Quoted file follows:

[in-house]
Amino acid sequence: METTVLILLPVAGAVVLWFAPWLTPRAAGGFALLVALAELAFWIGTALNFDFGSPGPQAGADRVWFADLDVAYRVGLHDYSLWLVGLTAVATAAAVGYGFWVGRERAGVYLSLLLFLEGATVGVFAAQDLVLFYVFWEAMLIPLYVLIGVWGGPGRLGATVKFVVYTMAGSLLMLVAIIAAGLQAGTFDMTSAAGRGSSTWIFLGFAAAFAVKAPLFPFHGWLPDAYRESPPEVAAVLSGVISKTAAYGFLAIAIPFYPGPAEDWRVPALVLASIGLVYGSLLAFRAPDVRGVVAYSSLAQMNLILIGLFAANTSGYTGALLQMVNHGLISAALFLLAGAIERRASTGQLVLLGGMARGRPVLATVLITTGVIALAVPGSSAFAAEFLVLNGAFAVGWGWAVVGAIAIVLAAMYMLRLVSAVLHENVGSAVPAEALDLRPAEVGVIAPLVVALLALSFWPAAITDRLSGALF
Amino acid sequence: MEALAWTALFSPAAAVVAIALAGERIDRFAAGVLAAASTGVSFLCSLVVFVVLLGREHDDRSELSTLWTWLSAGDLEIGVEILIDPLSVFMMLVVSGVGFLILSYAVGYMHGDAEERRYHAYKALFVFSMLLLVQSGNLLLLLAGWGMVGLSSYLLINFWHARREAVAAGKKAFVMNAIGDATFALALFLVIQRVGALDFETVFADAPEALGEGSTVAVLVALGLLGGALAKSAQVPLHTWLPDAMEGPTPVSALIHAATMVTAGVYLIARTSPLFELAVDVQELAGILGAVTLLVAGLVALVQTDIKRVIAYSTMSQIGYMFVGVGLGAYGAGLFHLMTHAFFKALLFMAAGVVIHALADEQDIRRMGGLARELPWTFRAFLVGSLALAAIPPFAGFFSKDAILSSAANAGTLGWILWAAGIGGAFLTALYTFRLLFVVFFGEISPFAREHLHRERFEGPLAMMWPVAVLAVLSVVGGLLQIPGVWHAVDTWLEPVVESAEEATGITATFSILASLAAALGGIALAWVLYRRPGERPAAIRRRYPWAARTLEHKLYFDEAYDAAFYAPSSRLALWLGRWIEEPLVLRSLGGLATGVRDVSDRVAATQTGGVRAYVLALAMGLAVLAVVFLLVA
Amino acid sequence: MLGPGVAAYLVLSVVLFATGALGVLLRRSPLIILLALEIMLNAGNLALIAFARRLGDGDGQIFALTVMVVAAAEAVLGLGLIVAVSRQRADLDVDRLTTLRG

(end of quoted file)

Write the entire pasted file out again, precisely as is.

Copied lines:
[in-house]
Amino acid sequence: METTVLILLPVAGAVVLWFAPWLTPRAAGGFALLVALAELAFWIGTALNFDFGSPGPQAGADRVWFADLDVAYRVGLHDYSLWLVGLTAVATAAAVGYGFWVGRERAGVYLSLLLFLEGATVGVFAAQDLVLFYVFWEAMLIPLYVLIGVWGGPGRLGATVKFVVYTMAGSLLMLVAIIAAGLQAGTFDMTSAAGRGSSTWIFLGFAAAFAVKAPLFPFHGWLPDAYRESPPEVAAVLSGVISKTAAYGFLAIAIPFYPGPAEDWRVPALVLASIGLVYGSLLAFRAPDVRGVVAYSSLAQMNLILIGLFAANTSGYTGALLQMVNHGLISAALFLLAGAIERRASTGQLVLLGGMARGRPVLATVLITTGVIALAVPGSSAFAAEFLVLNGAFAVGWGWAVVGAIAIVLAAMYMLRLVSAVLHENVGSAVPAEALDLRPAEVGVIAPLVVALLALSFWPAAITDRLSGALF
Amino acid sequence: MEALAWTALFSPAAAVVAIALAGERIDRFAAGVLAAASTGVSFLCSLVVFVVLLGREHDDRSELSTLWTWLSAGDLEIGVEILIDPLSVFMMLVVSGVGFLILSYAVGYMHGDAEERRYHAYKALFVFSMLLLVQSGNLLLLLAGWGMVGLSSYLLINFWHARREAVAAGKKAFVMNAIGDATFALALFLVIQRVGALDFETVFADAPEALGEGSTVAVLVALGLLGGALAKSAQVPLHTWLPDAMEGPTPVSALIHAATMVTAGVYLIARTSPLFELAVDVQELAGILGAVTLLVAGLVALVQTDIKRVIAYSTMSQIGYMFVGVGLGAYGAGLFHLMTHAFFKALLFMAAGVVIHALADEQDIRRMGGLARELPWTFRAFLVGSLALAAIPPFAGFFSKDAILSSAANAGTLGWILWAAGIGGAFLTALYTFRLLFVVFFGEISPFAREHLHRERFEGPLAMMWPVAVLAVLSVVGGLLQIPGVWHAVDTWLEPVVESAEEATGITATFSILASLAAALGGIALAWVLYRRPGERPAAIRRRYPWAARTLEHKLYFDEAYDAAFYAPSSRLALWLGRWIEEPLVLRSLGGLATGVRDVSDRVAATQTGGVRAYVLALAMGLAVLAVVFLLVA
Amino acid sequence: MLGPGVAAYLVLSVVLFATGALGVLLRRSPLIILLALEIMLNAGNLALIAFARRLGDGDGQIFALTVMVVAAAEAVLGLGLIVAVSRQRADLDVDRLTTLRG